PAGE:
Of the South East Asian countries that I was due to visit earlier this year, Cambodia was the one I was most excited about. For it’s small size, Cambodia packs a punch. Spending a week here was a bit of an emotional rollercoaster – exploring the temples of Angkor Wat, coming face-to-skull with the country’s turbulent history of genocide at the Killing Fields, and finally heading to the coast at Sihanoukville for some island living. It was weird.
5. Pnomh Penh
I’ll be honest: Pnomh Penh didn’t exactly blow me away. I spent three nights here, the longest time I spent at any place on my travels. Though this was mainly due to onward plans and scheduling, it still felt too long. First the good: like many capital cities in Asia, Pnomh Penh has a Royal Palace which is definitely worth a look. Though impressive, we didn’t bother with the audio guide and so played a bit of “I guess this was maybe the king’s bedroom? Or something”, which is obviously every tired expat’s favourite game.
It also was boiling hot, so we didn’t linger. Second: the S21 Prison and The Killing Fields are vital for any tourists visiting Pnomh Penh, but I’ll get onto them a bit later as they deserve their own part. Third: the nightlife. This was one of my main bugbears with Pnomh Penh. There’s no bar street as there is with Siem Reap, and the bars we did encounter were more American style grungey dive bars. Maybe it’s just bad luck, but something about the city at night felt very seedy. By the last night we were perfectly content to have some beers in our hostel and go to bed.
4. Siem Reap
Siem Reap is kind of the opposite to Pnomh Penh. Unlike Pnomh Penh, it has a pub street, which is called such and very clearly signposted. As you’d expect though from the jumping off point to Angkor Wat (pretty much one of the main things to do in Cambodia), it is packed with tourists. Apart from the bars, there’s not much to see in the city itself and prices for food and things like taxis, can be expensive. Best advice is to get straight to the temples in the day and return home for extensive drinking in the evening whilst looking through your day’s photos.
The best advice I can offer for these places, especially if doing both in a day, is to mentally prepare. The S21 prison in Pnomh Penh saw the torture and execution of thousands of “political” prisoners by the brutal Khmer Rouge in the late seventies. In reality, most of these people had committed no crime at all; many times, even relatives of accused opponents of Pol Pot’s regime were incarcerated. This could range from great grandmothers to young children. The prison itself is a large concrete building filled with empty rooms housing information, posters and pictures of torture victims on it’s walls. When the regime finally fell, only 12 people were released from the prison alive.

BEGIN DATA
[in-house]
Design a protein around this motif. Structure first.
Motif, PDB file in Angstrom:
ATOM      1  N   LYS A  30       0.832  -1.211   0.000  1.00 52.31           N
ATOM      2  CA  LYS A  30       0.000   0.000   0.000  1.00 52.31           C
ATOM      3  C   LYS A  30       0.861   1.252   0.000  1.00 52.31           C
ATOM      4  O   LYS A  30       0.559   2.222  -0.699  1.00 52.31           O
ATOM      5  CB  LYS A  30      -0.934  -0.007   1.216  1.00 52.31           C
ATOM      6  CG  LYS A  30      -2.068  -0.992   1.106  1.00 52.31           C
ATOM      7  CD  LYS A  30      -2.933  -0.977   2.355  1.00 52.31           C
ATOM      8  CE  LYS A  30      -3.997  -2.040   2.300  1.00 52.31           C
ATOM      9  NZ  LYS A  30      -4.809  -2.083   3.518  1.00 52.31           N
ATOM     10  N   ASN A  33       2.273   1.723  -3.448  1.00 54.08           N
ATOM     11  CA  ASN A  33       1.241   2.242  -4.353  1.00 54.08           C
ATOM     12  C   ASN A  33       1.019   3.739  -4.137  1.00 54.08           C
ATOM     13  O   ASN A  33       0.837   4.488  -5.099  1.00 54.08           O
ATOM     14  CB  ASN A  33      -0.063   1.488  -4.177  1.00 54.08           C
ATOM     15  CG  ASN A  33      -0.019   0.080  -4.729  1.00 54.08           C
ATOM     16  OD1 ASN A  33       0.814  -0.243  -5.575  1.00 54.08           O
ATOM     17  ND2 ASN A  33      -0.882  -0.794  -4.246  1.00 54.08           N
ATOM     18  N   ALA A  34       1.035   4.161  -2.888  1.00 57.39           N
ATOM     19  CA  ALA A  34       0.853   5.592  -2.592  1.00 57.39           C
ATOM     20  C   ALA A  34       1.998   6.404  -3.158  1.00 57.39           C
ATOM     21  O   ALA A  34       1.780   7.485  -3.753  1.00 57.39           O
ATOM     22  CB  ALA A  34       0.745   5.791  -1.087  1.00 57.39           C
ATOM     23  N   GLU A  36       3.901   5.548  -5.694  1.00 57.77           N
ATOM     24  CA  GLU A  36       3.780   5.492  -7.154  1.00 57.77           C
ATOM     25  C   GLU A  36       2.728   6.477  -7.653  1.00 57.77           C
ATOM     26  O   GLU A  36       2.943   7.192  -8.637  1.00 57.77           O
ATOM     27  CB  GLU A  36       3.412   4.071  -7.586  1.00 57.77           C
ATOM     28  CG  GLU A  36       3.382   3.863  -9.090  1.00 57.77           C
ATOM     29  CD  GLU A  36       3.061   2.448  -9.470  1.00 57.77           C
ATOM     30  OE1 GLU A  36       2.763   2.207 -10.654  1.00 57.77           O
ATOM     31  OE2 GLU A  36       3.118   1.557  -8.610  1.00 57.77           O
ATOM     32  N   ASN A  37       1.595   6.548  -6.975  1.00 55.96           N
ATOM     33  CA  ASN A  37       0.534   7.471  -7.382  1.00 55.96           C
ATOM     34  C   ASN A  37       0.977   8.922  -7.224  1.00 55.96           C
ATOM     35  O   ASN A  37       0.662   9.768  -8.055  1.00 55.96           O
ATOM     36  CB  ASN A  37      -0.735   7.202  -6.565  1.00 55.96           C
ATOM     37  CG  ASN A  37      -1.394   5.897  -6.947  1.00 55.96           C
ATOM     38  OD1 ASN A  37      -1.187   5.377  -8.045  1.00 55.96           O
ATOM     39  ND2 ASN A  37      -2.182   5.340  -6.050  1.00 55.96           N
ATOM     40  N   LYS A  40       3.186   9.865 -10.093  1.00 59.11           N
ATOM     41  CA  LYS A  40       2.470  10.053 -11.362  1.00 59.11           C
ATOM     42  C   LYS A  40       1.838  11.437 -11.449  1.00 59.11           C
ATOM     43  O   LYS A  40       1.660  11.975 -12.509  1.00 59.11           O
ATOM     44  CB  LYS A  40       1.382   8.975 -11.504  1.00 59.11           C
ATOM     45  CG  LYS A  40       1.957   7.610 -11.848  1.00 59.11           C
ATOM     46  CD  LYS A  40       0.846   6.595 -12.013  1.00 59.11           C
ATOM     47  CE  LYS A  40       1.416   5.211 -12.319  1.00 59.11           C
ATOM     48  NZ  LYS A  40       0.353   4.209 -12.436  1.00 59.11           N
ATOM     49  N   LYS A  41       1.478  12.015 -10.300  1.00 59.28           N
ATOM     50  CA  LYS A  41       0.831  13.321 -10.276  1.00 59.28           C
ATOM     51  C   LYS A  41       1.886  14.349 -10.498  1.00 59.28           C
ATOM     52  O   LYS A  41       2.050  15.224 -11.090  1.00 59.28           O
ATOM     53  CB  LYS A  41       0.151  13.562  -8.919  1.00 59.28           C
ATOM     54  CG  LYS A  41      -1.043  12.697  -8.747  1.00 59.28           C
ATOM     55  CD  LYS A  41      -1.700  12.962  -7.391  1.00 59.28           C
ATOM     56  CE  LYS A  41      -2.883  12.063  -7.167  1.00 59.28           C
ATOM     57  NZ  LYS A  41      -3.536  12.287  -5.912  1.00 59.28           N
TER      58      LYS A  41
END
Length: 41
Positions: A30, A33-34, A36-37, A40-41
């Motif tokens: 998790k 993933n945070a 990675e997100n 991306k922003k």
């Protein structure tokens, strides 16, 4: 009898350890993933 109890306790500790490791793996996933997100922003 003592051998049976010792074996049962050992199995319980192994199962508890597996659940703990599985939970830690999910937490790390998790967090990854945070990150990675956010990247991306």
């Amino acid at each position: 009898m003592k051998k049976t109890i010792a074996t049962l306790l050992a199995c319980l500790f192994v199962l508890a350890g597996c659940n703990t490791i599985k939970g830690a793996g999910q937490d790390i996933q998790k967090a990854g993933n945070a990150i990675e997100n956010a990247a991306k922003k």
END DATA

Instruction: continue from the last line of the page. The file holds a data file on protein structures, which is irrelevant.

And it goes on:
The Killing Fields:
The moment you step off the bus, and walk through the entrance to The Killing Fields, you feel weird. What started off as a Chinese owned farm on the outskirts of Pnomh Penh, became the last place that thousands of people met a grisly end at the hands of the genocidal Khmer Rouge. The exact number of the people who died here is still not fully known. I’d recommend the audio guide, which can give you more perspective and context about Pol Pot’s regime and the Cambodian genocide in general. You’ll pass countless gravesites, a tree which was chosen specifically to kill infants, and finally, be confronted by a huge tower of skulls in the museum each one with a colour coded sticker to inform you exactly how they were killed. Again, this is not a sight for the faint of heart, but it’s one of the most important and necessary things to do in Cambodia.
2. Koh Rong
I never knew that Cambodia had beaches. I know that’s a completely vapid thing to say – it’s got a coastline after all, right? But what appealed to me about Cambodia was the history and archaeology, not boring beach stuff. Well, after visiting Koh Rong, I knew I’d been proven…incorrect.
Koh Rong can be reached by a ferry from Sihanoukville. When you first arrive, you’re met with a line of beach bars and guest houses. Dont let it fool you. I thought of Koh Rong as what some Thai islands must have been like 20 years ago; there are no roads on the island, the jungle is relatively untouched, and the lack of light pollution on the island makes the blue, phosphorescent plankton visible in the water almost every night. Koh Rong can be as active or relaxing as you want. There’s plenty of secluded and quiet spots, as well as all-night bars and parties on the beach . My highlight was the appropriately named High Point Adventure Park, where you can dodge monkeys, zipline and get an incredible view of the islands coast.
1. Angkor Wat
I mean, obviously. Angkor Wat was the reason I came to Cambodia, and it didn’t disappoint. Each temple looks like something out of a film, bricks crumbling away, vines and tree roots creeping around the buildings, butler following you around (lock him in the freezer).
Starting off at the eponymous temple (I’d really recommend hiring a guide for this – you shouldn’t pay more than about 8$ per person), which by the way is MASSIVE, we made an entire day of exploring the nearby complexes such as Angkor Thom and Bayon. The area is huge, and you’ll need at least a day to see all of it. By hiring a tuk tuk through your hostel, you can visit each temple with your trusty driver sitting outside waiting to take you to the next destination.
There’s not much more descriptions I can give for this place. The pictures say it all.